CONTACT: L. E. OHMAN
283 Medical Laboratories
Iowa City IA 52242
(319) 335-6660; fax (319) 335-8034
UI professor: Food additive may have breast cancer-causing properties
IOWA CITY, Iowa -- Lambda-carrageenan, a food additive widely used in
milk products such as infant formula, pudding, ice cream and whipped cream,
may have cancer-inducing properties.
A form of lambda-carrageenan has been shown to cause intestinal cancer
and ulceration in animals. In addition, the food additive has been shown
to cause the kind of changes in intestinal cells that lead to malignant
tumors. These facts made University of Iowa College of Medicine researcher
Dr. Joanne Tobacman wonder if the additive also affected breast cells in
a way that might lead to cancer.
In the laboratory, Tobacman, assistant professor of internal medicine,
examined the effect of the food additive on mammary myoepithelial cells
she grew in tissue culture. She found that lambda-carrageenan exposure
caused destruction of the cells and eventual cell death. This finding was
reported in the July issue of the journal Cancer Research.
One of the most important points of her study, Tobacman says, is that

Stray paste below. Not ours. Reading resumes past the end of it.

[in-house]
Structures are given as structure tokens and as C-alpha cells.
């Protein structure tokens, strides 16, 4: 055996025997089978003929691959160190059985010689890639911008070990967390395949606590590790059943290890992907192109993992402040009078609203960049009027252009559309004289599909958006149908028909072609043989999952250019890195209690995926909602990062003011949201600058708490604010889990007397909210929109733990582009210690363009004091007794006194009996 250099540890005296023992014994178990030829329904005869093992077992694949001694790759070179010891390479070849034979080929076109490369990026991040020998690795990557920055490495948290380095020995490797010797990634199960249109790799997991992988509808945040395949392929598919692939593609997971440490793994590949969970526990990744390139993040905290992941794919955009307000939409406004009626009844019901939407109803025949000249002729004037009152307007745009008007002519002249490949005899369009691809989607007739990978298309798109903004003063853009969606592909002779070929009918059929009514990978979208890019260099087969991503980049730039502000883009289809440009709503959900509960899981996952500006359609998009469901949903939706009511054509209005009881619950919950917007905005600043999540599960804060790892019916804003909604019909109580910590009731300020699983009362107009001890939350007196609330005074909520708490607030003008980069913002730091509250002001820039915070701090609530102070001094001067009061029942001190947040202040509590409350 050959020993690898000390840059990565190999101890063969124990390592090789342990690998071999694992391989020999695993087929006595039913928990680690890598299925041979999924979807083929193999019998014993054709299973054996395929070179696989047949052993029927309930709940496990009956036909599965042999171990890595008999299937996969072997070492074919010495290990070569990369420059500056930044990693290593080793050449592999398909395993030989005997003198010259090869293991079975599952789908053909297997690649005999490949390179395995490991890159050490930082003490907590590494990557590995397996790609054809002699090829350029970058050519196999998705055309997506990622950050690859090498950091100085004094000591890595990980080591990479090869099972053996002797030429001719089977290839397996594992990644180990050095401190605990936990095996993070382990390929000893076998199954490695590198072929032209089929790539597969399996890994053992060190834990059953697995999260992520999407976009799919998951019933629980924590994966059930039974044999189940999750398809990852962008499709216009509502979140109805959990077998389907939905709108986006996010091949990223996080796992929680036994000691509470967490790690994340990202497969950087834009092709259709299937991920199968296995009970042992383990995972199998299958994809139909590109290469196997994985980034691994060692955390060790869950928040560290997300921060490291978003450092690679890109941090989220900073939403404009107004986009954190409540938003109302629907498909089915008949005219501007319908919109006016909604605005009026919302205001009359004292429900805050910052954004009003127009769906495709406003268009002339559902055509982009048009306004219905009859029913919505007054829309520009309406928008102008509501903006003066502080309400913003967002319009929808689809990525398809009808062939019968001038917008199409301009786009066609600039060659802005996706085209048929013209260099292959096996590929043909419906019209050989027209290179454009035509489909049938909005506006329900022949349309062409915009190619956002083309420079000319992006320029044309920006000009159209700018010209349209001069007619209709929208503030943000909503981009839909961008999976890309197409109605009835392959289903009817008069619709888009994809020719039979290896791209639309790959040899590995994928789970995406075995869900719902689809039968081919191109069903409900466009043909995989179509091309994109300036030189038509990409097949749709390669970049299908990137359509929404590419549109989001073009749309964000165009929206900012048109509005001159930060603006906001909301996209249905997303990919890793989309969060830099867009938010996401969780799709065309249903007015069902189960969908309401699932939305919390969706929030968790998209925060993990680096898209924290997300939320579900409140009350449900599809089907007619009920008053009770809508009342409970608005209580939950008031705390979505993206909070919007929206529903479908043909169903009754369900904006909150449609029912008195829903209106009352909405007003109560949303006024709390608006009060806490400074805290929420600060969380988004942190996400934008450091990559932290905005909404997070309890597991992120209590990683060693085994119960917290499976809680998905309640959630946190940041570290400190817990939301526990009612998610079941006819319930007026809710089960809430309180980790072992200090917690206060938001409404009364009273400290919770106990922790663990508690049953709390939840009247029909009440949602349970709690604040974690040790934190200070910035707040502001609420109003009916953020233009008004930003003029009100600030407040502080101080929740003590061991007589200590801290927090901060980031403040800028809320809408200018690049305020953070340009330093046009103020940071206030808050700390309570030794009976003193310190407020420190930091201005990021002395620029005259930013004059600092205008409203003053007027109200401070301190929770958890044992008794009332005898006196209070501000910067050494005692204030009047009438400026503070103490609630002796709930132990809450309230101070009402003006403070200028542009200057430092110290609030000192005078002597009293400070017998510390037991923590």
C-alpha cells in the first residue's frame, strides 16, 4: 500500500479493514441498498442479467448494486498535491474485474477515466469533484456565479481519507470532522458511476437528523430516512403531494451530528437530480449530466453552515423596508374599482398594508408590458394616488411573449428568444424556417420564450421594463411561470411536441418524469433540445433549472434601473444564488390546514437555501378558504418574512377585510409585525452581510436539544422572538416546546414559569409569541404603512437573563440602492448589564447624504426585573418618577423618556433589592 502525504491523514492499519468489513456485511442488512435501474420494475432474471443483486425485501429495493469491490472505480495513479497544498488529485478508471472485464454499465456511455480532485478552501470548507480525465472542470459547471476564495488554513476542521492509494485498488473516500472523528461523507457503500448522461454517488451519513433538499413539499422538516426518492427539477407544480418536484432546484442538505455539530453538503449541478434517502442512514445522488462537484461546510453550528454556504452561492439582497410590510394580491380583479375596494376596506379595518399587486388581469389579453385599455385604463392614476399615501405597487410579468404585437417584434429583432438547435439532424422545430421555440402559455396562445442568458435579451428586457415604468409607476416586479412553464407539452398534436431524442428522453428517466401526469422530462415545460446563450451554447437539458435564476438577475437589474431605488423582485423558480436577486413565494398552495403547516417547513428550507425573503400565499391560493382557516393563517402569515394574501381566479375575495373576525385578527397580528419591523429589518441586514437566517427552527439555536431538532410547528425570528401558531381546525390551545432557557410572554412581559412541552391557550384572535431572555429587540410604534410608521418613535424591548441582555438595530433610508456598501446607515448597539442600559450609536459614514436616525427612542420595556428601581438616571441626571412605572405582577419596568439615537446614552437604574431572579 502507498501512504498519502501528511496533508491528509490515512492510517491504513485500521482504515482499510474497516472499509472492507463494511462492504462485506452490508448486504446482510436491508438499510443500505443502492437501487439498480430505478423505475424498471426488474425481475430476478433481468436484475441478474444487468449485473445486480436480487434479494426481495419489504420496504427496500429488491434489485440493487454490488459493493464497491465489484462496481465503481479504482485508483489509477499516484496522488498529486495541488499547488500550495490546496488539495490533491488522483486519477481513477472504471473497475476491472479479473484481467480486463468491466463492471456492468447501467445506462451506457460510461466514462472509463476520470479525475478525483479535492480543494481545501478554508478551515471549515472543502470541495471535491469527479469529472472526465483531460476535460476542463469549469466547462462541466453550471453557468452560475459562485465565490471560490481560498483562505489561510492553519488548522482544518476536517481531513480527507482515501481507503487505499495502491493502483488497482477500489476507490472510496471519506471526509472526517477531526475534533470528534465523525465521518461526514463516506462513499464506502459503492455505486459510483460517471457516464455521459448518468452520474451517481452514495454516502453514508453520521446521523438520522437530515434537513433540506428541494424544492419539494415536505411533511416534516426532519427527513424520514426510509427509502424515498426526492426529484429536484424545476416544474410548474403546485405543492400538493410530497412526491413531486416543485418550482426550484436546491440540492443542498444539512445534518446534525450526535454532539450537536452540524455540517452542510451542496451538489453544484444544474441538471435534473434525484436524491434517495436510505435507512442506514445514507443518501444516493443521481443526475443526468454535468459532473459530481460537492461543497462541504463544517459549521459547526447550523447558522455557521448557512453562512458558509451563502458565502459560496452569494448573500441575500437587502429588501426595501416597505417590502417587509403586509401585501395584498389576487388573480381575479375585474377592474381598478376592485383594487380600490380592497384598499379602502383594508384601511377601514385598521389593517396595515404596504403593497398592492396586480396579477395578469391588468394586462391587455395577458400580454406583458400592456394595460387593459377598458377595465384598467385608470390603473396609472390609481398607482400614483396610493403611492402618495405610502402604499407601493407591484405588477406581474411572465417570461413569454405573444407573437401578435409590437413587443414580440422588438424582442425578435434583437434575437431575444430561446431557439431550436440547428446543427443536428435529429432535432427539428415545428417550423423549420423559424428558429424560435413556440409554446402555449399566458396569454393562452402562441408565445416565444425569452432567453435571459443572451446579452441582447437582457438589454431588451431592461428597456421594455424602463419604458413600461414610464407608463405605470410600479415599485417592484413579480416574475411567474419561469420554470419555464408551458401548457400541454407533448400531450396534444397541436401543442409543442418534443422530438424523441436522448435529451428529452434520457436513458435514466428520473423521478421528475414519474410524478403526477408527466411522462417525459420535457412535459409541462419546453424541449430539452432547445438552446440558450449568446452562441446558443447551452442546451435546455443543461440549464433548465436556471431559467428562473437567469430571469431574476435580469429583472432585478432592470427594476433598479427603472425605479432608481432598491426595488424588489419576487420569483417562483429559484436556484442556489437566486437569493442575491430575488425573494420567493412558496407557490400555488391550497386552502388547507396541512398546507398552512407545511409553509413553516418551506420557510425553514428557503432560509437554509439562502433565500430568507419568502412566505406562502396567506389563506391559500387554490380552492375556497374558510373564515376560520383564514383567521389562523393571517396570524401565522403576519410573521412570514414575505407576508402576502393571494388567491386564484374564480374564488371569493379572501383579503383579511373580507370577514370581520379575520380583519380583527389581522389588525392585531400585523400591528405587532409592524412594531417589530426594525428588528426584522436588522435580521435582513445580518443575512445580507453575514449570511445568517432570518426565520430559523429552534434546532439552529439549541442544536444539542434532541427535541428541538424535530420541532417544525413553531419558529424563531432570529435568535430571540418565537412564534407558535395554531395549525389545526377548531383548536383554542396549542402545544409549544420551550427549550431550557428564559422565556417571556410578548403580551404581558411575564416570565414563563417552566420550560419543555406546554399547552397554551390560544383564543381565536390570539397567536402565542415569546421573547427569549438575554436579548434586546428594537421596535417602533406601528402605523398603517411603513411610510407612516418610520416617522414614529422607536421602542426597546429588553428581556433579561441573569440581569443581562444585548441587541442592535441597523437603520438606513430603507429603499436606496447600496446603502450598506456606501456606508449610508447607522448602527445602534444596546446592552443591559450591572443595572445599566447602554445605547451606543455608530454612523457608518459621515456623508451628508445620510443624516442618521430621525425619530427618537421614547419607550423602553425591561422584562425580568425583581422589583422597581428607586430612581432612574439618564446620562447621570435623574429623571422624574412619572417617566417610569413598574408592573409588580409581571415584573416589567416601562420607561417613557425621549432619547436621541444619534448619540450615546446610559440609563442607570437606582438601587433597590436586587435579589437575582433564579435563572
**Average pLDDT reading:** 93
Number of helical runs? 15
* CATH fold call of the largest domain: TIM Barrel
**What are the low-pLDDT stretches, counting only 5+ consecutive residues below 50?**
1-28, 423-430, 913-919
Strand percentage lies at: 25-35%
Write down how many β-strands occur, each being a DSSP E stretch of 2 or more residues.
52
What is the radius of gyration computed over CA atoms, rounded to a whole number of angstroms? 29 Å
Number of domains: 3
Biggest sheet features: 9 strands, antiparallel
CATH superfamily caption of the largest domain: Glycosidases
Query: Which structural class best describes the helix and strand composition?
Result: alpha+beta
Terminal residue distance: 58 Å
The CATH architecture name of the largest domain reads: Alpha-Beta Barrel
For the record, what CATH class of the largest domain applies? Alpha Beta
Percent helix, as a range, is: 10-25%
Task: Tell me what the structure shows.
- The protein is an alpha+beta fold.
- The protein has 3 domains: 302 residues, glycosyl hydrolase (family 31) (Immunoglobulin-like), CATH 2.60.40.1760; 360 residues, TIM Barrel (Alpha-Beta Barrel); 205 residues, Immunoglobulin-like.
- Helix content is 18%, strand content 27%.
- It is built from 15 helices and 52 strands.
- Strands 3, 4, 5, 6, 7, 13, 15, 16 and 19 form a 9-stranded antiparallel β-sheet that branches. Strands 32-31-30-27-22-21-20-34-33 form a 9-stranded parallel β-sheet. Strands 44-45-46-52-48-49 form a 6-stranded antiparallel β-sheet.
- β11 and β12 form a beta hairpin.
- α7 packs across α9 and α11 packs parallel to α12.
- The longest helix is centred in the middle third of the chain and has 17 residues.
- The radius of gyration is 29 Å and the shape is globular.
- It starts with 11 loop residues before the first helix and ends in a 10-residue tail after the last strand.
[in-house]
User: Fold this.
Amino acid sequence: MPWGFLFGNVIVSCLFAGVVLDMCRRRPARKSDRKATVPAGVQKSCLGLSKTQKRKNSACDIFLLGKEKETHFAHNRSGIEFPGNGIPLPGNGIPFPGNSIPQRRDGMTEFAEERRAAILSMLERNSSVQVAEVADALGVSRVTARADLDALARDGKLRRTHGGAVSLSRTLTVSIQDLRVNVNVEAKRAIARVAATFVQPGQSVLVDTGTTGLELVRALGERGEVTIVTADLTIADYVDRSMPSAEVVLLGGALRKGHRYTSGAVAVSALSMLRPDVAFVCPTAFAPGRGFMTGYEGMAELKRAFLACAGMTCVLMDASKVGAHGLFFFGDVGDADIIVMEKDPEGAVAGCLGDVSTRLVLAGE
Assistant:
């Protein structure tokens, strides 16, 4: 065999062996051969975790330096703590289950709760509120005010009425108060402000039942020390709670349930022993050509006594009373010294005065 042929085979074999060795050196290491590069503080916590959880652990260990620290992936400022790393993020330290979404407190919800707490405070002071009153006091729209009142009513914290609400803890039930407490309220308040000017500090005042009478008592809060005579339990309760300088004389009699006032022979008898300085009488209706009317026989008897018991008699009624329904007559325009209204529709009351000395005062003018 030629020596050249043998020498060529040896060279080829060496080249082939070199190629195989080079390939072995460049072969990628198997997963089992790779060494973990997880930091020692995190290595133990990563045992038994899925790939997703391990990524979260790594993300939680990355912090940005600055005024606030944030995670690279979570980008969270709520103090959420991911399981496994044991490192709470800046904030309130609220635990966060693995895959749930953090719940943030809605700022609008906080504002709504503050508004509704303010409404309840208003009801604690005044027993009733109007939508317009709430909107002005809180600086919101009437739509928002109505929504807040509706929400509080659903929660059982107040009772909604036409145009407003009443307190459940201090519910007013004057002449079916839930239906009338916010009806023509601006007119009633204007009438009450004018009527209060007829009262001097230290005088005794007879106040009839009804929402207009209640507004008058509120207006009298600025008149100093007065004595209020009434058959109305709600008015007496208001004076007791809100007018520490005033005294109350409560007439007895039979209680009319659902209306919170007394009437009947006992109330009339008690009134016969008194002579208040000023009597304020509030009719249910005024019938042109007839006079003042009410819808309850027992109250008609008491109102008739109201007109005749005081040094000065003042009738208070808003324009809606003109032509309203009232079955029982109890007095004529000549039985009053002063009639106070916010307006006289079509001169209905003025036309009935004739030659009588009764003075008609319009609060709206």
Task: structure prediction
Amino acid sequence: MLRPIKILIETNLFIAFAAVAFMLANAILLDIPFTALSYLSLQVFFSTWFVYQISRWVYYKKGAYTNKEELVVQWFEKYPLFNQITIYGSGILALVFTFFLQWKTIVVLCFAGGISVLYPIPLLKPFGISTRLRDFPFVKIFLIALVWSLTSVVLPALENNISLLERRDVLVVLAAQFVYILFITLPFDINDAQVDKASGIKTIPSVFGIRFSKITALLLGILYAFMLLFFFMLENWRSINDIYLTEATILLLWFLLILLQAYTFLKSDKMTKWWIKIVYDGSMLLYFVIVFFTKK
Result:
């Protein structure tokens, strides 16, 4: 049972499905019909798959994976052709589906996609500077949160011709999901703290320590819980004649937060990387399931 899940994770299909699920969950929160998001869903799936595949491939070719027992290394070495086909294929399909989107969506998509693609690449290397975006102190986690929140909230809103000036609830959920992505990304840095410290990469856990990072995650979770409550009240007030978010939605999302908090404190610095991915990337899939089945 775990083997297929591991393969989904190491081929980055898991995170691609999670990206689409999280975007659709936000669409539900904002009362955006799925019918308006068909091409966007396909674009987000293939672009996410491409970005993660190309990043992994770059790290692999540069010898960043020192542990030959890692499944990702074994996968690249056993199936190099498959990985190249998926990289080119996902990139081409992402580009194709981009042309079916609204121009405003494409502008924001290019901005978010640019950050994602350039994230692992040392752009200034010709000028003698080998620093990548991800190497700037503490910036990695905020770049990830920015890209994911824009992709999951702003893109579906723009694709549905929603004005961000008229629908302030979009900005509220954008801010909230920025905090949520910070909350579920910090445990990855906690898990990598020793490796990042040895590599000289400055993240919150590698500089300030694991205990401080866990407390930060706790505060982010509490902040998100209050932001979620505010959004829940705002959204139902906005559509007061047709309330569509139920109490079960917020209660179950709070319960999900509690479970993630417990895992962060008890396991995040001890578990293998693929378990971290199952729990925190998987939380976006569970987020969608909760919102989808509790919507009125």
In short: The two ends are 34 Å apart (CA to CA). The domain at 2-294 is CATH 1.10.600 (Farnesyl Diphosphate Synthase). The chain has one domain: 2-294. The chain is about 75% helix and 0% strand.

lambda-carrageenan caused myoepithelial cell death at concentrations far
below those normally found in food products. The finding is potentially
"The mammary myoepithelial cells form a barrier between the blood
supply and epithelial cells. Compromise of this barrier may lead to the
development of malignant or invasive tumors," Tobacman says.
In fact, most malignant tumors arise from epithelial cells, and myoepithelial
cell absence is used as one criterion for the diagnosis of an invasive
Do these findings mean that lambda-carrageenan, which has been on the
market since 1937, is a cancer-causing food additive?
"We can't say that, yet," Tobacman says. "We have taken
one step forward and found an interesting association. Having new territory
to explore with regard to environmental agents that may be "smoking
guns" with regard to breast cancer is good news to cancer epidemiologists
who have been looking for an environmental etiology for breast cancer."
Tobacman would like to find out more precisely how lambda-carrageenan
affects the breast myoepithelial cells. She is seeking funding for further
studies and would like to bolster the laboratory findings with epidemiological
evidence, though it is difficult to quantify the intake of carrageenan.
She and other investigators are reviewing the diet questionnaires filled
out in 1986 by more than 50,000 women involved in the Iowa Women's Health
Study, in order to obtain more information about carrageenan intake.